More holistic approach to media influence

     Yesterday’s presentation on transnational media (like Univision and the telenovela) and gaming (like Fandom) as alternative “re-imagined” communities got me thinking. I found myself wincing while the spokeswoman described the virtual game, “Eva” and even wondered, what type of people live their real lives vicariously through these games? But then came the trailer viewing of the telenovela. It could be because I speak Spanish, or merely because the drama has a “universalist” appeal, as described by Emily. Either way, I can see how these types of programs have an “escapist” quality that Diaspora and non-Diaspora populations alike can enjoy.

     However, what determines which media affects us and how? Powers and Nawawy’s article did a fantastic job unpacking some of the multiple factors that determine what and to which degree the media impacts how we perceive the world and global issues. In their analysis of Al Jazeera and other global news networks like BBC and CNNI, the theorists found strong evidence that, “viewers choose global news media based on their pre-existing ideological and political orientations, and that their viewing of particular news media is likely to reinforce their opinions [rather than inform them]”(280). Moreover, media system dependency theory is introduced as another factor determining media influence based on the scarcity or exclusivity of an individual’s information resources (279).

      Besides underlining the natural biases that occur when choosing media sources and how environmental factors contribute to the quantity of (or lack thereof) media choices, Powers and Nawawy also account for the cognitive differences in how information is processed once media is consumed. For example, viewers are better able to process information that is contradicting to their existing beliefs if they have lower levels of dogmatism, or cognitive organization of beliefs and disbeliefs about reality (275). Ultimately, it is a holistic combination of environmental factors, natural biases and cognitive constitution that determine what types of media we consume and how much influence it will have on our perception of reality.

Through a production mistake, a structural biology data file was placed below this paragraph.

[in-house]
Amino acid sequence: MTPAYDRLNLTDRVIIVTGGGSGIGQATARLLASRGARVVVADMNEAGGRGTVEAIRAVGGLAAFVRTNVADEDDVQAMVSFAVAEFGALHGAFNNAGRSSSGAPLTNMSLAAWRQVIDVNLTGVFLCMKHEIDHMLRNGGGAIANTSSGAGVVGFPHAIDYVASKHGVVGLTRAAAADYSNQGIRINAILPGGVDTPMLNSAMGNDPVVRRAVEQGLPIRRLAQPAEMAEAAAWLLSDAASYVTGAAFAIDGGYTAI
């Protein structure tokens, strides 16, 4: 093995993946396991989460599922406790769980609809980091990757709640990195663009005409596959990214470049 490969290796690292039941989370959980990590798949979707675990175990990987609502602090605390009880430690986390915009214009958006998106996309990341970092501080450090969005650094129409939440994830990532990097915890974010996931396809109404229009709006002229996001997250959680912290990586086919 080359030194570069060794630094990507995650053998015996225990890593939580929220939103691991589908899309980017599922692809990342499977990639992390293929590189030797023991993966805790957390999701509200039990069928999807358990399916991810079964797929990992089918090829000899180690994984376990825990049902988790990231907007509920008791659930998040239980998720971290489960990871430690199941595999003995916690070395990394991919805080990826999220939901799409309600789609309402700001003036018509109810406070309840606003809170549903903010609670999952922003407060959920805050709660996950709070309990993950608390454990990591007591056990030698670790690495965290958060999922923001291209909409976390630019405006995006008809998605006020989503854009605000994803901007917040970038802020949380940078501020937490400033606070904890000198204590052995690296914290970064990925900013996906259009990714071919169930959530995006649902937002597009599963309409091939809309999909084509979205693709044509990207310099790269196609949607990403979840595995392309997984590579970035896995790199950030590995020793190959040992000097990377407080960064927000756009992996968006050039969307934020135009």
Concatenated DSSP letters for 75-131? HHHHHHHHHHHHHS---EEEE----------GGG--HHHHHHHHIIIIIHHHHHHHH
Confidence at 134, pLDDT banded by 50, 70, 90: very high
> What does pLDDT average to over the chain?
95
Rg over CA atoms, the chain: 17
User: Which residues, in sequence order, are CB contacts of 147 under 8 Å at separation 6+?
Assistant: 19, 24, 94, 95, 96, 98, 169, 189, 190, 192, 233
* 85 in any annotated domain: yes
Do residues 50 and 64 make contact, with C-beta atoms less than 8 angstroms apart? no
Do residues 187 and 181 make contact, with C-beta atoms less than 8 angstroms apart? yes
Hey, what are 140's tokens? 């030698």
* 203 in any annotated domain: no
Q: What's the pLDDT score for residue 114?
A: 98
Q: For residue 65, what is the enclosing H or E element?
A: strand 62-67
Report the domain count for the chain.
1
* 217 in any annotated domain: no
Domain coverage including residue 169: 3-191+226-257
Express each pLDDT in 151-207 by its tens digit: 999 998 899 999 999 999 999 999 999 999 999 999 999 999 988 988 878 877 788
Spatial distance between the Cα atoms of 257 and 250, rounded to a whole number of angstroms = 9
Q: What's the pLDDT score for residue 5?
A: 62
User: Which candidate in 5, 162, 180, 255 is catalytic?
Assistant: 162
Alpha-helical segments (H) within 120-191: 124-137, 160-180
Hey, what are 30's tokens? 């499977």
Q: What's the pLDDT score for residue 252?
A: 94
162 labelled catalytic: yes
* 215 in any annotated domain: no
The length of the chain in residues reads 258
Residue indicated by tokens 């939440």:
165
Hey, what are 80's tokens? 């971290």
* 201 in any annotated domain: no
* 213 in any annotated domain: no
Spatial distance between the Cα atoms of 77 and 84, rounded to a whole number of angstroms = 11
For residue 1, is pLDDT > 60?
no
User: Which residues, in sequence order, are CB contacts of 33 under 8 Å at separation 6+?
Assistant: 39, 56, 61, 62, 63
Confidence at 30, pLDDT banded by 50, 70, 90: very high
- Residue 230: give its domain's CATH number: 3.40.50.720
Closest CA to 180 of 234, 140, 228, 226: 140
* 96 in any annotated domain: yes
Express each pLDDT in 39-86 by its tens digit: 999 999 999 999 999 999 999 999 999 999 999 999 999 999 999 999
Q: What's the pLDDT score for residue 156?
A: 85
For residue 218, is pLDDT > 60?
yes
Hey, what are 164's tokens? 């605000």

In the case of the “reimagined communities” that my class-mates presented about yesterday, do these factors prove to be true, as well? What are some of the psychological factors that make an individual more likely to lose themselves in virtual games, living a more committed existence in a game than in reality? If I had the time, I’d like to research the gaming community and begin looking at some of these psychological factors that render individuals more or less likely to live an existence through games or reality.


One Comment to “More holistic approach to media influence”

  1. I agree with you about asking the question: “What are some psychological factors that make an individual more likely to lose themselves in virtual games, living a more committed existence in a game than in reality?” This is definitely something worth pursuing for a research paper. Some people feel that they can express themselves more online than in person. I am not sure if you have seen that commercial about HP laptops. They were advertising to sell their laptops. The story goes as one boy meets a girl online. They agreed to meet for their 1st date at a coffee shop. They meet at a coffee shop and exchange awkward glances. They sit down at a table awkwardly and did not really ignite up a conversation. All of the sudden, the girl asked the boy if he brought his laptop. He replied, yes. The both of them pulled out their HP laptops and started to communicate through the same way as they communicated before meeting in person. They began talking non stop online. I think that is a cute commercial to advertise the laptop company, but what is the underlying message? The boy connected with the girl online, not in person. Seriously? That loses the sense of interacting in person.
    In addition for the psychological factors part, I had a friend who was so fascinated with the World War Craft game. He stayed in his room all the time. It was during his first semester as a freshman. He did not even leave his room. He ordered food to be delivered. It was not until months that I saw him again. He gained like 20 pounds. He had dark circles under his eyes. And he broke up with his girlfriend. The game took a toll on him. He failed all of his courses because he never showed up. It is amazing to see how that simple game really absorbed a person’s life away. He realized that he was too addicted. The most challenging thing he faced was selling his World War Craft game to someone else and transferring to a new school. He wanted to have a fresh start. Now, he is a junior at Rochester Institute of Technology and is happily dating one girl. Oh, and he also lost that 20 pounds, and a bit more. He finds himself more active when he is not playing that game. So, yes I do agree that virtual games do take a toll on psychological factors. I do wonder if it can be prevented some how?

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